Ban Ki-moon, UN Secretary-General, was challenged about Sri Lanka by FRANCE 24 jounalist Philippe Bolopion. Here are the highlights of the interview.
PB: We’ve talked to a few people about how you are handling your job and here is what Ken Roth, the executive director of Human Rights Watch, said. He said, and I quote him, that you were “so eager to meet with tyrants that you give up all leverage and get nothing in return.” Is that fair?
BKM: I think there is quite a misunderstanding and misconceptions in such kind of assessment. I have been meeting almost all the leaders, including those quite difficult leadership people. I have been very straight and direct to all those in… When it comes to universally accepted principles, human rights, and basic rights of many vulnerable people, whose rights and whose wellbeing must be protected by the leaders, the first and primary responsibility rests with the leaders of that country. That is why I have been urging them to take necessary action. I have been vocal and there should be no misunderstanding on my commitment.
PB: Let’s look into it, actually. For example, you went to Sri Lanka right after the war, when the Tamil Tigers’ rebellion was defeated by the government, and many people felt that your trip, in a way, was used by the Sri Lankan regime, that they saw it as part of a victory dance.. And it’s true that, several months after you went there, you still have something like 300,000 people, Tamils, who are still in what people call ‘detention camps’. Most of what the president told you at the time has not come true. Do you feel that he played you, in a way?
BKM: I was the first leader in Sri Lanka . I was the first leader to visit Myanmar , the two places nobody visited or nobody could visit. I made a strong case, first, on internally displaced persons. Those 300,000 people must be returned to their homes without further delay.. And their human rights… And humanitarian assistance should be given without any delay or any conditions and restrictions. That’s what I am doing. I have despatched my Undersecretary General Lynn Pascoe. He got assurance from President Rajapaksa, just recently, that all 300,000 displaced persons will be returned to their homes by the end of January next year. This is a great encouragement. Now I got his commitment and it is a matter of his integrity. And his trust is at stake if he doesn’t keep his promise. Now, on the case…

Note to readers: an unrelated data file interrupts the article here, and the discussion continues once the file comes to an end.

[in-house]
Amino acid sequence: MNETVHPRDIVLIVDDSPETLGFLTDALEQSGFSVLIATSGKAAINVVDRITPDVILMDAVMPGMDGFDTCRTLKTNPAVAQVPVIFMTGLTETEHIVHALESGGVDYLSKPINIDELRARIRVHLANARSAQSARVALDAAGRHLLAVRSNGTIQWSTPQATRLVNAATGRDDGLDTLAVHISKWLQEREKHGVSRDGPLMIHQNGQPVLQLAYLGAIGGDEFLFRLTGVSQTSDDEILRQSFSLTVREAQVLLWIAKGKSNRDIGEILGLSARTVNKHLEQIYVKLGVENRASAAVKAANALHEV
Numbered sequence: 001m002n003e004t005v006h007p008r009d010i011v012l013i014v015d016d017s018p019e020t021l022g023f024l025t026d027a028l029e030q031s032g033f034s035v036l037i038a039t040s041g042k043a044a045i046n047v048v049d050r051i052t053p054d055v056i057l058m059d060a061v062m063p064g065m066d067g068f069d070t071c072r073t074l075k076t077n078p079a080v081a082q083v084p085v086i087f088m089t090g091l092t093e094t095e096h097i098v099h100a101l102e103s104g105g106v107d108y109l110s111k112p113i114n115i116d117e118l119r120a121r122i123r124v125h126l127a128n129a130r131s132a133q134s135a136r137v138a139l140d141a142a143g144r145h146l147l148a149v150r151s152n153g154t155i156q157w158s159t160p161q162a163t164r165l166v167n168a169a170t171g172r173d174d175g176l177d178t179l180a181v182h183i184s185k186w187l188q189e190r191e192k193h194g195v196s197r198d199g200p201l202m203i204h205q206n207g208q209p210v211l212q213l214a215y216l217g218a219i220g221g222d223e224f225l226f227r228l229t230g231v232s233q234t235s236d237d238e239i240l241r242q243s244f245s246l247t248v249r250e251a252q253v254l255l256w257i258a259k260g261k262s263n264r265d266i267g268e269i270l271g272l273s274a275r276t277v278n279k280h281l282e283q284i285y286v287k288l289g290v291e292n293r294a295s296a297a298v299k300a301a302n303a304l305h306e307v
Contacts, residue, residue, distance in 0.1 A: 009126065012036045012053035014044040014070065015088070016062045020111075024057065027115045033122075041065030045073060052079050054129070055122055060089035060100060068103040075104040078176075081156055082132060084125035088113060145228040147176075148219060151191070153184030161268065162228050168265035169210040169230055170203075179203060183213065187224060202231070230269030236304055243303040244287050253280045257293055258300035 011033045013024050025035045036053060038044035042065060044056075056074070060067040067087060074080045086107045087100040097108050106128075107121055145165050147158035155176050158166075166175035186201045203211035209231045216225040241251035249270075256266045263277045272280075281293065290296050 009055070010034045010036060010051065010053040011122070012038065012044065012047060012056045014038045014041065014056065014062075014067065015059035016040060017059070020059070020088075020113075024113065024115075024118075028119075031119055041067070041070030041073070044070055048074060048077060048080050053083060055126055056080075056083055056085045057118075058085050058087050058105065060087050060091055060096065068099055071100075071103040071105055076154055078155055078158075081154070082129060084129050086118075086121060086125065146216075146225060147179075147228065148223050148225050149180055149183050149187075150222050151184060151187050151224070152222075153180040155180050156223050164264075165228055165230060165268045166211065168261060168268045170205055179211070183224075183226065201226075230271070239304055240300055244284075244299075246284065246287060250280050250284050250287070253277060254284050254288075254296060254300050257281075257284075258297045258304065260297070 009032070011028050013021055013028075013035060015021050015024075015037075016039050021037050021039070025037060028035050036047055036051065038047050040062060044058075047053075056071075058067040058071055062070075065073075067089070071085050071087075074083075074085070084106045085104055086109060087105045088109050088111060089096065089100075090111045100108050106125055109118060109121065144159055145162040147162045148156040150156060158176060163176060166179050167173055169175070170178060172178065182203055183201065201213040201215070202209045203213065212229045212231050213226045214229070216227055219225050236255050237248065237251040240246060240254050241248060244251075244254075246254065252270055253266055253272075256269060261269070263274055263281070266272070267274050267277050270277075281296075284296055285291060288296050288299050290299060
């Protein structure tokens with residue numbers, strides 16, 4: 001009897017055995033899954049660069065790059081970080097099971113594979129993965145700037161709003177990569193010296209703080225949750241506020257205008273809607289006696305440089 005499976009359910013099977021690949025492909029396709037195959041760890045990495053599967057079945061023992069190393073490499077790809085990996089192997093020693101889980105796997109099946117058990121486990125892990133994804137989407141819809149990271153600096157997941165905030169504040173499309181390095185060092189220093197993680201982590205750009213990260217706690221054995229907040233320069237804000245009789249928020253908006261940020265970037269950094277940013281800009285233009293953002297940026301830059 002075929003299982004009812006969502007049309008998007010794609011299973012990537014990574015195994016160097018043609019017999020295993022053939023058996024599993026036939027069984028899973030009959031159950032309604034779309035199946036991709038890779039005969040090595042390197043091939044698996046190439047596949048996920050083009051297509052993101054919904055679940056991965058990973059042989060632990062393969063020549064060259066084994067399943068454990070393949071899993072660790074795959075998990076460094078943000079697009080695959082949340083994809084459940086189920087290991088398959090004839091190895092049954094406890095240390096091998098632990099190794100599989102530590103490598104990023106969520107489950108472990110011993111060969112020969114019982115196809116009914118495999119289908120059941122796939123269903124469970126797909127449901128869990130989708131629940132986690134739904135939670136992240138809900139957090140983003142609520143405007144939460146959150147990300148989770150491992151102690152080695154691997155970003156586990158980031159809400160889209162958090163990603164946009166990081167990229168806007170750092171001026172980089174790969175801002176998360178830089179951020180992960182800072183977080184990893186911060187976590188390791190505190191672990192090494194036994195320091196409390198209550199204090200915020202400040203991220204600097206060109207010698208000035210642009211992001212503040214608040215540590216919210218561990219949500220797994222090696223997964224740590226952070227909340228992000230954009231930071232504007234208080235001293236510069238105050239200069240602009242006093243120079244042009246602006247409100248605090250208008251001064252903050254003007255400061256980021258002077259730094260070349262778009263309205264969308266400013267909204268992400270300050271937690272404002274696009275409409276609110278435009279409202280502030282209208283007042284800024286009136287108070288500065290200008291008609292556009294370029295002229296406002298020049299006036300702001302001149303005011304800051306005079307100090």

PB: I’m sorry to interrupt you but, do you feel that President Rajapaksa is stringing you along, saying he is going to do all these things and never delivering on them?
BKM: In Sharm El Sheikh, on the margins of a non-allied summit meeting last July, I made a very strong case to President Rajapaksa: “You must keep your promise”. Last week, I spoke over the telephone, I wrote my letter. That is why I have sent my envoy…
PB: Are you not starting to wonder though, Sir, whether the quiet diplomatic roads – whether your approach – is really working? Because these people are making promises but they seem to almost never deliver. Don’t you need to start speaking out against them?
BKM: What you describe as my diplomatic style, as “quiet diplomacy”, is just one part, one aspect, of my whole diplomatic capacity. It is necessary… In some cases, you have to have a very direct, open diplomacy, but sometimes there’s a quiet diplomacy. Behind the scenes diplomacy can be more effective. I am combining all these aspects of diplomacy. This is what I have been doing during the last four decades. So there should be no misconception…
The UN Secretary General may be reassured by these new promises and this new timetable but the monsoon will happen in less than two weeks and that’s the only deadline that matters to the people in the camps. That’s why this Campaign, Amnesty International and many others want the UN SG to give one simple message to the Government: Unlock the camps! NOW!